I am starting a lemonade stand.

When you spend about 21 years of your life as a gawky, closeted lesbian, much time is passed listening to Savage Garden, watching British romantic comedies starring Hugh Grant, and voting for Kelly Clarkson on American Idol – practices that effectively delay adolescence by about fifteen years. Suddenly, you find yourself in your early 20s, thrown into the cruel cesspool that is coming of age. Here you are, at age 22, drinking klassily like a 15-year-old boy at a New Hampshire boarding school. Suddenly, you are 24 and find yourself in a scene reminiscent of the middle school dance you tried to avoid.  It has followed you to this San Francisco lesbian bar where time seems to have died at or around 1998. There is Alanis Morrisette is blaring on the Dolby surround sound. There is little to no dancing, a lot of sheepish grins and glares, and plenty of people walking around in pants that don’t fit properly – yourself included.

And one day you wake up at age 25 and you just really, really want to run a lemonade stand. It’s a beautiful temperate day in the Bay Area and you think it will be better now than it would have been at age nine in Texas – a chubby, perspiring Vietnamese kid standing alone in unbearable Houston humidity, quietly uttering “Lemonade for Sale” to an empty cul-de-sac. The thought of that pre-pubescent voice reverberating in vast nothingness is enough to launch a series of lemonade stands!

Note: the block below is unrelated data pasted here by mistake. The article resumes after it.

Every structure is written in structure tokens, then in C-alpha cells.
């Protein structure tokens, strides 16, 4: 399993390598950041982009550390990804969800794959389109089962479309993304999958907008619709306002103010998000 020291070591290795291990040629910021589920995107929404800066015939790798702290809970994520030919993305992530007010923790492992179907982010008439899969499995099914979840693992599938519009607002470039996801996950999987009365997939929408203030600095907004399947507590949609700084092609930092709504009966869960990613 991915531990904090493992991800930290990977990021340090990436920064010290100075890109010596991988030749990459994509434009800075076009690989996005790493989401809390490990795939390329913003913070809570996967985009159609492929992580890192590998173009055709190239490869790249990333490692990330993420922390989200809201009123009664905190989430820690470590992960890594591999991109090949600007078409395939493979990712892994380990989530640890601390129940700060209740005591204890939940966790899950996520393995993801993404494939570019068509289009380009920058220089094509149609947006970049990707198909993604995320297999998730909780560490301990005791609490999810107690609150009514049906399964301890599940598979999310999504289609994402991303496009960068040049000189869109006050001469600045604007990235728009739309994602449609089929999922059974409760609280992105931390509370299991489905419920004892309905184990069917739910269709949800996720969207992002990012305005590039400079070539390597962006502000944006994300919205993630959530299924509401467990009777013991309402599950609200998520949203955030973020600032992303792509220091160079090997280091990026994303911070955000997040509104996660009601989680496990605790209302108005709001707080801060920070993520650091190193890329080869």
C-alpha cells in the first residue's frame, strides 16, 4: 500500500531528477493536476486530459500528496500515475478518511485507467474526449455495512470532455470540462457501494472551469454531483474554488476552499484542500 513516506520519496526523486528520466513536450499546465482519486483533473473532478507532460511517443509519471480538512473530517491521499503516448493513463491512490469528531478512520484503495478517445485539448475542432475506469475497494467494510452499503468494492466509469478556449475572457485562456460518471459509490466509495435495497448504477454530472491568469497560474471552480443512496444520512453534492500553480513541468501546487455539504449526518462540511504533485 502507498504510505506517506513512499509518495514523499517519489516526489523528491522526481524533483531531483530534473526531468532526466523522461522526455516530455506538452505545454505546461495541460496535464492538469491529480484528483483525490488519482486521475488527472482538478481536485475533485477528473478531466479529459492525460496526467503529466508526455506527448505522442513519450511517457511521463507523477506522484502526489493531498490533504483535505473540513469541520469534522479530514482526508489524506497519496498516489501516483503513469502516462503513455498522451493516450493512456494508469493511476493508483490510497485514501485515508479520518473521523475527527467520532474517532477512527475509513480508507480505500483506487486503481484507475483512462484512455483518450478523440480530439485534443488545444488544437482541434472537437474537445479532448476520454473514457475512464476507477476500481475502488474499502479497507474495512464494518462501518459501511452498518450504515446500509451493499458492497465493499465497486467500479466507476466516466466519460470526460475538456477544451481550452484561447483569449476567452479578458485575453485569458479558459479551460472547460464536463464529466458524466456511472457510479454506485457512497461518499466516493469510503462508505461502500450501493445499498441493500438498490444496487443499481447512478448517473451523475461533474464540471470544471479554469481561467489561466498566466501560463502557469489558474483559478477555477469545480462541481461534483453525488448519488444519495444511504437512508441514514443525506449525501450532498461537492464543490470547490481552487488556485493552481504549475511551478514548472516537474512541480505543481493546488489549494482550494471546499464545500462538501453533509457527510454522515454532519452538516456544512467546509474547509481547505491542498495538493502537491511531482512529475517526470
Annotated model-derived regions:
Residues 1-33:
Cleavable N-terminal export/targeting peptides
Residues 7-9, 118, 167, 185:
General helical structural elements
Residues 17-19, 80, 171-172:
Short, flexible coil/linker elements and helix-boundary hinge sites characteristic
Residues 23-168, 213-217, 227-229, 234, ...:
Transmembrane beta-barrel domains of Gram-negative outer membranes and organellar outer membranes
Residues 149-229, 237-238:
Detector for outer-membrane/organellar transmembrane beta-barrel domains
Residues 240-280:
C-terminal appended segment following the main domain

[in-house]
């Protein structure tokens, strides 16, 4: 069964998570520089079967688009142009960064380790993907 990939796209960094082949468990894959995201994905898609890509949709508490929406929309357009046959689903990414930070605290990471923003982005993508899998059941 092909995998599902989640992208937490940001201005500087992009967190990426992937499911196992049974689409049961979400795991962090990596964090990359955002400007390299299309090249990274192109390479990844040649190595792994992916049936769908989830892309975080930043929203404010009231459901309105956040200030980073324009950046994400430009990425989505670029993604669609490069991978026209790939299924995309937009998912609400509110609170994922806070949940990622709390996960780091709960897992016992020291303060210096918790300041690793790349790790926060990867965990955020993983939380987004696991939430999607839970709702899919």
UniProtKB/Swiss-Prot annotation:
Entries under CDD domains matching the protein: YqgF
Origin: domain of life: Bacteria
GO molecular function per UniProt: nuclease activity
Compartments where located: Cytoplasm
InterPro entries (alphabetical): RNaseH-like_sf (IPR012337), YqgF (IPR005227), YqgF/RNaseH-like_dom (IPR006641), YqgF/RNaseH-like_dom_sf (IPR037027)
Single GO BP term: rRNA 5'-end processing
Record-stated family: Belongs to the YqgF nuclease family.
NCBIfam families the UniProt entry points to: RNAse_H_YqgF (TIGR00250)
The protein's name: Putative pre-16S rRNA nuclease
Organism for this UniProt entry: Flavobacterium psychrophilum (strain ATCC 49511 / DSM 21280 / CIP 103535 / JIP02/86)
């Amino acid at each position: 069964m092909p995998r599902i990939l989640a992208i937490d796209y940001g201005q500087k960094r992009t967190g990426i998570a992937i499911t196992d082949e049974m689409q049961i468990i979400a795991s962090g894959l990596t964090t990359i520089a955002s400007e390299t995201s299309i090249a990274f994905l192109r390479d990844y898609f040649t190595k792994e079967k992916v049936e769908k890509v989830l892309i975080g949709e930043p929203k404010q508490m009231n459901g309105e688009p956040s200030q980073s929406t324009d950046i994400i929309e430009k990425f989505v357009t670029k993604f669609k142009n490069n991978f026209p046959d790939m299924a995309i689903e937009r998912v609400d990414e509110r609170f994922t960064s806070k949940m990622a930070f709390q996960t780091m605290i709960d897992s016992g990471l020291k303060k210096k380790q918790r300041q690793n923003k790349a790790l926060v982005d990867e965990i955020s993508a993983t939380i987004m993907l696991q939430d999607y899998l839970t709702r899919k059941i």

Stand 1: Lemonade named after formerly closeted 90s pop stars, sold at the San Francisco Dyke March in June of 2012

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Featuring:  The Lance Bass (Mango Lemonade), The Queen Latifah (Nectarine Basil Lemonade), The Ricky Martin (Watermelon Lemonade), and The Sporty Spice (Indeed, she is gay in all of our imaginations…Strawberry Mint).  And my partner as an extremely suave lemonade hustler.

Lemonade Stand 2: Jenny from the Block Lemonade Stand – Jennifer Lopez themed lemonade, sold at a yard sale in the Upper Haight, July 2012

Price: “Our love don’t cost a thing, thing, thing – donations accepted.”

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Featuring: “Waiting for (it) toRipe” (Basil Nectarine Lemonade) and “I’m Real (Strawberries) REEEEEEMIXXXX Featuring Mint” (Self Explanatory).

This one was inspired by my irrational love of Jennifer Lopez for introducing non-Tejano music listening ears to Selena.  As we all know, in Texas, Selena is Jesus, Jesus is God, and God is president because Barack Obama is a Muslim.*